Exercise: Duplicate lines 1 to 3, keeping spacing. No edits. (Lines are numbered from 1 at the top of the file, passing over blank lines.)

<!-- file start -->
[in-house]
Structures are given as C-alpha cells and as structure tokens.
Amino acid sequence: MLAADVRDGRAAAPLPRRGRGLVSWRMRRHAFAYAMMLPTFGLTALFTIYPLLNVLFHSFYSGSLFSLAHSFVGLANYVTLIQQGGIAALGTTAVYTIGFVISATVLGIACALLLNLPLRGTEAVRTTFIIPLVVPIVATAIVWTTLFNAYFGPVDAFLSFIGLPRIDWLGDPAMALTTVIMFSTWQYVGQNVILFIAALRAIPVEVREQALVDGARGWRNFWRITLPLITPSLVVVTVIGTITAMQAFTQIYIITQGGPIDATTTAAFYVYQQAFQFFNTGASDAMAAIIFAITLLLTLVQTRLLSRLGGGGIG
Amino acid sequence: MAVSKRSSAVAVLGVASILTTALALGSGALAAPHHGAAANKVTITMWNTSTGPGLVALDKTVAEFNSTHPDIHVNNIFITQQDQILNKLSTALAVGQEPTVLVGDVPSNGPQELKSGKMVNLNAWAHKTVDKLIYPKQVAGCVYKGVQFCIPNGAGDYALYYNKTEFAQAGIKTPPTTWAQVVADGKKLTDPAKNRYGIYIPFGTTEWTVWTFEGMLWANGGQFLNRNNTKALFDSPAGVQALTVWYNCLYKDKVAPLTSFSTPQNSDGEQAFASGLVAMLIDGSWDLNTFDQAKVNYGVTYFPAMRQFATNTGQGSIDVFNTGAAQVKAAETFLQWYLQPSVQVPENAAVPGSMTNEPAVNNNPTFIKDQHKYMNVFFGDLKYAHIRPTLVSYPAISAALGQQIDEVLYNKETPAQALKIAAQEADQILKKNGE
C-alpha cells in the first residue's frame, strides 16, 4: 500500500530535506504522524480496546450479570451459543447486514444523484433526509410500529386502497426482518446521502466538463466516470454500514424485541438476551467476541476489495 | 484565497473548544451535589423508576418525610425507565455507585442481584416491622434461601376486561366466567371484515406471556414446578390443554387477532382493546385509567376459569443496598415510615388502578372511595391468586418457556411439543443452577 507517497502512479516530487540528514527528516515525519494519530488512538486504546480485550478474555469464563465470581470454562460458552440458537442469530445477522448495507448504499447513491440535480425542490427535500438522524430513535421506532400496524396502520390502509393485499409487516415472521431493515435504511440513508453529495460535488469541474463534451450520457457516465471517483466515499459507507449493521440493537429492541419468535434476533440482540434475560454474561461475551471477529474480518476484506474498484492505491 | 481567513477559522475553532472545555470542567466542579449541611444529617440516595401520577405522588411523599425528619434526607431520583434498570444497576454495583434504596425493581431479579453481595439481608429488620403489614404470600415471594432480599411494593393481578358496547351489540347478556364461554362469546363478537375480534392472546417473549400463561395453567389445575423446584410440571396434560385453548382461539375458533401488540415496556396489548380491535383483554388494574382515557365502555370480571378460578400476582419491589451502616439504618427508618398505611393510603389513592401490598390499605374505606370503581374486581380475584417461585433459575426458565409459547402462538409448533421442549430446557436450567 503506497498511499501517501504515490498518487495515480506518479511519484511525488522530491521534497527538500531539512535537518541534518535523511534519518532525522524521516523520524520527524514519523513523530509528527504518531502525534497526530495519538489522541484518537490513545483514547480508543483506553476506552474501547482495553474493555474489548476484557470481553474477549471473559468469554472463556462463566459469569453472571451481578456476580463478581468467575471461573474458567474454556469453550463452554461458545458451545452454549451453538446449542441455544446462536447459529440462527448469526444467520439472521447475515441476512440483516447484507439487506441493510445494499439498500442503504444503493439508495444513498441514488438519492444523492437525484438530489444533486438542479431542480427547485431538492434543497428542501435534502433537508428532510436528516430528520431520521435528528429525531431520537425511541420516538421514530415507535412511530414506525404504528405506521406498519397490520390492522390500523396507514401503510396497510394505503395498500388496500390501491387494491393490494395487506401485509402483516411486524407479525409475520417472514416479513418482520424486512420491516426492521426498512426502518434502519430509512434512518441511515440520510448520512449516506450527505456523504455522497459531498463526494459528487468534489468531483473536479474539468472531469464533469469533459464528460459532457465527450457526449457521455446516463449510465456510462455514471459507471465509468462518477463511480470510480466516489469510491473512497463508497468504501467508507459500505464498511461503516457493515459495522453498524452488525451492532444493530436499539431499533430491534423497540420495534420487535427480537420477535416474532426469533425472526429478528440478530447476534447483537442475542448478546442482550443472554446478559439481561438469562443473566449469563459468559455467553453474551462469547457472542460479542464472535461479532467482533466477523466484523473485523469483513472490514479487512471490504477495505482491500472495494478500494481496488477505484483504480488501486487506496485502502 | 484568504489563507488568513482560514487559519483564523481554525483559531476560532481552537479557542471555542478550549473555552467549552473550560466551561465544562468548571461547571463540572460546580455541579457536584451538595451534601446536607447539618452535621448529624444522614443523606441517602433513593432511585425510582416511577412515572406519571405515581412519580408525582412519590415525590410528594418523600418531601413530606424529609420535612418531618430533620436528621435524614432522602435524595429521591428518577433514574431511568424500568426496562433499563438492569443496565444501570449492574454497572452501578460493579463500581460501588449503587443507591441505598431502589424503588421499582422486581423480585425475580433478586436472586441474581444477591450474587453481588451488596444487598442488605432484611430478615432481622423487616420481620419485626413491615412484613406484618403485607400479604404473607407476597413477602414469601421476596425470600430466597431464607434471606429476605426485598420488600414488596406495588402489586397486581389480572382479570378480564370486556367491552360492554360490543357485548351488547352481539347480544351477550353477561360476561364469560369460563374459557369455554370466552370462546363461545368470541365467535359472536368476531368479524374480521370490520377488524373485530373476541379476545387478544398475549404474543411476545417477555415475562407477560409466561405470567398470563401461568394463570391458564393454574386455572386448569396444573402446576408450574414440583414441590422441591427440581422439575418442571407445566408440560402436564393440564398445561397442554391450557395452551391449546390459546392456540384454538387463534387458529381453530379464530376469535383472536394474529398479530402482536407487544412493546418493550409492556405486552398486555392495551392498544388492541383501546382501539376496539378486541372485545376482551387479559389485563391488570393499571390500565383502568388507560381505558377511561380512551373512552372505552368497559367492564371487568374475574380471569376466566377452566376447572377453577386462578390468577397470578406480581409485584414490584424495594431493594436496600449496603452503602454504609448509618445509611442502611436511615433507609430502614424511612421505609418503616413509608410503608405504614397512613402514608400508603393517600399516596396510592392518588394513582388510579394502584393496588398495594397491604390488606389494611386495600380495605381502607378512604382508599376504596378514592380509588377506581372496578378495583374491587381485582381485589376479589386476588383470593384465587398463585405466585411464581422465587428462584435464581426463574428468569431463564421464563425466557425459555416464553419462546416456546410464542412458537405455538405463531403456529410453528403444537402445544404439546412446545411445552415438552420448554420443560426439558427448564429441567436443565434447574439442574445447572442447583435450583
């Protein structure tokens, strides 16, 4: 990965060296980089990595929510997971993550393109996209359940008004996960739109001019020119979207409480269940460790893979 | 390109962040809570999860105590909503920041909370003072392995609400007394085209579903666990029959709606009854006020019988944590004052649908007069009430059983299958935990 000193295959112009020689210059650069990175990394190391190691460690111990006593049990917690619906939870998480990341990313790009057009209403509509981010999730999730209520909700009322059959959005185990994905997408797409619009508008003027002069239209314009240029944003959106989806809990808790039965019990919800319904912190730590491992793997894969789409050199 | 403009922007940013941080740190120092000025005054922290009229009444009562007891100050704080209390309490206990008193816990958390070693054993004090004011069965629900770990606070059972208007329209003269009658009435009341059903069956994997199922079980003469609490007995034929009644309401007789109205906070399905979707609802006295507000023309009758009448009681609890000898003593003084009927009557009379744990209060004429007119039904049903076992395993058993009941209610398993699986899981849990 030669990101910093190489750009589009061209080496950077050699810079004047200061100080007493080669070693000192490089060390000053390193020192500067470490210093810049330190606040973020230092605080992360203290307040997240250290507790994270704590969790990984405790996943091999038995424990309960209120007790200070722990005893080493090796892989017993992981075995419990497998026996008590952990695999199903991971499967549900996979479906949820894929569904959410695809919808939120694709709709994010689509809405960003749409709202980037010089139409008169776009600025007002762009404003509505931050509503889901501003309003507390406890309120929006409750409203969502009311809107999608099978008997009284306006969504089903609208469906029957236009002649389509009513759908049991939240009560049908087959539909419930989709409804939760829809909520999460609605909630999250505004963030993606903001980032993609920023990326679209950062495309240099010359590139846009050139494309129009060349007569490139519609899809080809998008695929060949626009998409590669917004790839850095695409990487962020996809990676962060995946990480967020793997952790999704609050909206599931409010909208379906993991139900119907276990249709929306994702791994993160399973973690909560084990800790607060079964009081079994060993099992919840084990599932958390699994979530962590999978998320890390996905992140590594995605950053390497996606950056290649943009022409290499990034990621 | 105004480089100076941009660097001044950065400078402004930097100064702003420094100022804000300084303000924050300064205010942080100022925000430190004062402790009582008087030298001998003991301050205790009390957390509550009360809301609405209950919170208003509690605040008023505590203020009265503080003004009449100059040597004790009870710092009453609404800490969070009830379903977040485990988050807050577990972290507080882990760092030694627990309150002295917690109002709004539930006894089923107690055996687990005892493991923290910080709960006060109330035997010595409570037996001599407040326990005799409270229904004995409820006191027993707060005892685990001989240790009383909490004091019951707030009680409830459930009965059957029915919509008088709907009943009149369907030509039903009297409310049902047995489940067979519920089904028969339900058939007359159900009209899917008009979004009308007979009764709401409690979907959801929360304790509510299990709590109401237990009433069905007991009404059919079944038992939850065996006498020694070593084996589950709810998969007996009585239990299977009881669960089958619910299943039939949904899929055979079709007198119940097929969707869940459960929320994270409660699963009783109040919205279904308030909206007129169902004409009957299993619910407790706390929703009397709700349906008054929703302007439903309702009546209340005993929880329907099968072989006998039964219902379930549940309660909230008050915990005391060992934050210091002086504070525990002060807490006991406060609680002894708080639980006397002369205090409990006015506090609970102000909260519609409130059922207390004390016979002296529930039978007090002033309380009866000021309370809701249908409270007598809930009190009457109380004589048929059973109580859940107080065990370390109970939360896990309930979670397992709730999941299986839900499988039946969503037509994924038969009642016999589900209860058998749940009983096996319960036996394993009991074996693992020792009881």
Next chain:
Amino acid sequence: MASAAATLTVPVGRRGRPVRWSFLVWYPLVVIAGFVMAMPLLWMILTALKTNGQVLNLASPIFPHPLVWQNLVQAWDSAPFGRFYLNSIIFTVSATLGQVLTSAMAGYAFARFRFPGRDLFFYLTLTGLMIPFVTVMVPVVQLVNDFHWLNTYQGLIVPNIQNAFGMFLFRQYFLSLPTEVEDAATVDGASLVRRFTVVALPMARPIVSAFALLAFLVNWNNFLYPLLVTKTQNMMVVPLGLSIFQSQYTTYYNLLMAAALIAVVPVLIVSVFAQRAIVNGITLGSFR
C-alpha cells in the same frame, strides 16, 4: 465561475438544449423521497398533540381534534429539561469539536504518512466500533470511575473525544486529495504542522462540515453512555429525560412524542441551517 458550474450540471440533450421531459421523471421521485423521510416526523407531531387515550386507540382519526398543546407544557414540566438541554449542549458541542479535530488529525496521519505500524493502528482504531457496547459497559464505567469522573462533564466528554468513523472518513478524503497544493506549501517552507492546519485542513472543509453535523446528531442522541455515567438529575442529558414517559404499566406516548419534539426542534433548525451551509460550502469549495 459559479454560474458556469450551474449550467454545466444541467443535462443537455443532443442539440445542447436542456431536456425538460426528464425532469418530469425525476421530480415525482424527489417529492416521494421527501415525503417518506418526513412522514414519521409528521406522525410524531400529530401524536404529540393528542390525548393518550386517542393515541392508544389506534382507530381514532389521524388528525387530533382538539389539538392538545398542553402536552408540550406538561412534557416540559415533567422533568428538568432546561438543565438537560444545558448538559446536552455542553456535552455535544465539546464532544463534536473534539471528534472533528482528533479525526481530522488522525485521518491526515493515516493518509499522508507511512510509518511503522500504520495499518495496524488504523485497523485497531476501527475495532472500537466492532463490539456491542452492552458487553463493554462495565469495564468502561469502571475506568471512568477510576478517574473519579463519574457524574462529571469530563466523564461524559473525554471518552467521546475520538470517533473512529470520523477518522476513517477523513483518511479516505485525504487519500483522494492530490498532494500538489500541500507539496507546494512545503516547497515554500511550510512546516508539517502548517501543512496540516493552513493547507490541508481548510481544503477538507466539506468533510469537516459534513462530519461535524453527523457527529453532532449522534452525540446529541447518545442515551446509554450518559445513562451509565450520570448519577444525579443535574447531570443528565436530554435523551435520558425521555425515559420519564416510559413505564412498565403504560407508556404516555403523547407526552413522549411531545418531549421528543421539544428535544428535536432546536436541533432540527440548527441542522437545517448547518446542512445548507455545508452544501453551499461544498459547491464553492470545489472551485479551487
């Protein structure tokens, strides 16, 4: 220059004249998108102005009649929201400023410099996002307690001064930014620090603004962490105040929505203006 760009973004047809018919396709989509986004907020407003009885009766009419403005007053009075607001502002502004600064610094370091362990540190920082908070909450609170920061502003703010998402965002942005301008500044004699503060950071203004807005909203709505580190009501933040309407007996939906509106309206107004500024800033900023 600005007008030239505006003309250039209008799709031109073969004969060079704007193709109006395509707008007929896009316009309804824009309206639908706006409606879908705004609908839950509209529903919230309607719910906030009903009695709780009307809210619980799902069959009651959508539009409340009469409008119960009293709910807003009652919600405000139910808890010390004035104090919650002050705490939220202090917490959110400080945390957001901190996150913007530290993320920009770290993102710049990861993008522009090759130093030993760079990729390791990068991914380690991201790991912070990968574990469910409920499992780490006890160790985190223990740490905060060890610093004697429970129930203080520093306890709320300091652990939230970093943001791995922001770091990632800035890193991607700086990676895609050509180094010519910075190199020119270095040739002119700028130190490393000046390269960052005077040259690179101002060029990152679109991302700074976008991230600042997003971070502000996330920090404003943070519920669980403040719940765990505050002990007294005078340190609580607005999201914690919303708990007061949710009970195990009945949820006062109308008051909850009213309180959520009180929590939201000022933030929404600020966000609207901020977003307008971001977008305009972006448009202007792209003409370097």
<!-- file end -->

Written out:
[in-house]
Structures are given as C-alpha cells and as structure tokens.
Amino acid sequence: MLAADVRDGRAAAPLPRRGRGLVSWRMRRHAFAYAMMLPTFGLTALFTIYPLLNVLFHSFYSGSLFSLAHSFVGLANYVTLIQQGGIAALGTTAVYTIGFVISATVLGIACALLLNLPLRGTEAVRTTFIIPLVVPIVATAIVWTTLFNAYFGPVDAFLSFIGLPRIDWLGDPAMALTTVIMFSTWQYVGQNVILFIAALRAIPVEVREQALVDGARGWRNFWRITLPLITPSLVVVTVIGTITAMQAFTQIYIITQGGPIDATTTAAFYVYQQAFQFFNTGASDAMAAIIFAITLLLTLVQTRLLSRLGGGGIG